The Galapagos Islands, which fired Charles Darwin’s imagination and are forever linked to his theory of evolution, have become a travel hot spot (although there are still ways to dodge the crowds). But Borneo in Southeast Asia played just as crucial a role in the history of evolution: Alfred Russell Wallace independently formulated his theory of natural selection on the island, which lies on his eponymous Wallace line, dividing Asiatic and Australian flora and fauna. Nonetheless, Borneo has largely forgotten in popular imagination—an injustice of history, but a boon for travelers interested in eco-tourism.
Unlike other parts of Southeast Asia, like Thailand or Bali, Borneo isn’t on a typical tourist’s radar. Moreover, visitors here have a chance to view species like the proboscis monkey and Bornean pygmy elephant that live nowhere else in the world—all while knowing their support of the nascent tourism industry helps motivate conservation of these endangered species.
The Malaysian state of Sabah (once known as British North Borneo) is one of the safest and most biologically rich areas of the island to visit. Here’s how to experience the wildlife—without roughing it yourself.
To get a taste of the wildlife that awaits, stay at the Shangri-la's Rasa Ria Resort. Shangri-La operates several properties in Sabah, and its Tanjung Aru Resort is probably the most famous after the Duke and Duchess of Cambridge stayed there on their tour of the island. Yet the Rasa Ria is just as luxurious, and is home to a 64-acre nature reserve that focuses on conservation and rehabilitation of Borneo’s most famous inhabitant: orangutans. Ocean view rooms at the Rasa Ria go for around $265 during high season, which is considered February and March. Visitors to the hotel can observe the orangutans at their daily feedings or strap on their boots for a canopy walk as high as 30 feet from the forest floor to see them in their element—and spot some of Borneo’s nearly 700 bird species.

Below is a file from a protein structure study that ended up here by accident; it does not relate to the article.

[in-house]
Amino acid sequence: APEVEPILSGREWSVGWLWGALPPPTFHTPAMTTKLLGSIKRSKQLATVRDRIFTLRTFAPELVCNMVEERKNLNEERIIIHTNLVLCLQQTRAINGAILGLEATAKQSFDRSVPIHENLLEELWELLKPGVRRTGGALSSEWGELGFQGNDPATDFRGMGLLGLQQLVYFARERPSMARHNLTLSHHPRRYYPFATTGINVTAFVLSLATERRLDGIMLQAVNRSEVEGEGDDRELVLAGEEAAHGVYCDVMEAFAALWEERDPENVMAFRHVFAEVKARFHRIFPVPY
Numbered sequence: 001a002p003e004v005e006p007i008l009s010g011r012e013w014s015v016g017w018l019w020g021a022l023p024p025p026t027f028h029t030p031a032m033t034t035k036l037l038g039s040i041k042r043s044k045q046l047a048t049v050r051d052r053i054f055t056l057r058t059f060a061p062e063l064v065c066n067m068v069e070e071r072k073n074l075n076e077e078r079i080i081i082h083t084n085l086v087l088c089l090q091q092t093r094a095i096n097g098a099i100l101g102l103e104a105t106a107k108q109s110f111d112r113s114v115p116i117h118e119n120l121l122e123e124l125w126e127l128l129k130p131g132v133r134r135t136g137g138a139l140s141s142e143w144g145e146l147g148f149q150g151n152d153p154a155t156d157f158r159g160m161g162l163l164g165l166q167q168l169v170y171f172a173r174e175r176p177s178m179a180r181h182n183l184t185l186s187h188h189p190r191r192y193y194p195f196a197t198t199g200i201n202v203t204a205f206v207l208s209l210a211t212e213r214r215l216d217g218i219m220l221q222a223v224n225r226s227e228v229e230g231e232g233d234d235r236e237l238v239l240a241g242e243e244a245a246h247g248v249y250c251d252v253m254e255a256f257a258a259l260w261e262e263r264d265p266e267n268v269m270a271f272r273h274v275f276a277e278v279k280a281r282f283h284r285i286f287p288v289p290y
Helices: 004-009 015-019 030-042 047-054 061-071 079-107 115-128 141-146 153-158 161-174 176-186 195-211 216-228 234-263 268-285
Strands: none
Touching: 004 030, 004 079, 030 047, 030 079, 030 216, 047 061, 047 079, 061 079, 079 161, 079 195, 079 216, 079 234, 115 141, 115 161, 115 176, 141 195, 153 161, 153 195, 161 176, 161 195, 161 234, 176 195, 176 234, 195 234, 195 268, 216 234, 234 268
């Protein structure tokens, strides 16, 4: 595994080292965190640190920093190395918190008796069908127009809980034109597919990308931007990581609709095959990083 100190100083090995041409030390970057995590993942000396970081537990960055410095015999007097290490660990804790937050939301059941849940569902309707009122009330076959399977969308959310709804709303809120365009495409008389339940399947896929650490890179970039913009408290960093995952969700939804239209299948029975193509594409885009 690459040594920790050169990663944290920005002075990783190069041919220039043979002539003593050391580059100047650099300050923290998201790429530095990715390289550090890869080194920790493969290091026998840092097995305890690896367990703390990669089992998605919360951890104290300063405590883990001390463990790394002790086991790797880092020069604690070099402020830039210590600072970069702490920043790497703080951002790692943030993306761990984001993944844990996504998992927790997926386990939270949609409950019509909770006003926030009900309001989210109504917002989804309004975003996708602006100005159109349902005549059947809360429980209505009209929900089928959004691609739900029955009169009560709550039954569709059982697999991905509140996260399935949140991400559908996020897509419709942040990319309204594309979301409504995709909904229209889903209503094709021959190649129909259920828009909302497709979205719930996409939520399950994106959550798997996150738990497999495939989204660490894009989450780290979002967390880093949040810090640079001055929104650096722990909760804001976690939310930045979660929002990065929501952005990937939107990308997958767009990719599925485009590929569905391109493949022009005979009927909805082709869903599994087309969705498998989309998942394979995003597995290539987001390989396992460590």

Into the jungle: While rehabilitation centers play an important role in conservation, there’s no comparison to seeing animals in the wild. To do so, leave the city and head for one of the wilder regions of Sabah.
One option is the Danum Valley Conservation Area, the largest protected lowland rainforest in Sabah—home not only to orangutans and elephants, but also clouded leopards and the exceedingly rare Sumatran rhinoceros, only seven of which survive on the island.
The Borneo Rainforest Lodge is the only real accommodation in the area, but doesn’t lack amenities; upgrade to a deluxe room, which have private outdoor jacuzzis that overlook the surrounding wilderness. Two-night packages can cost close to $1,000 per person during the high season of early spring and summer, but include airport transfers, guides and permits.
Continue reading (Incl. Pics) at: Travel: Best of Borneo.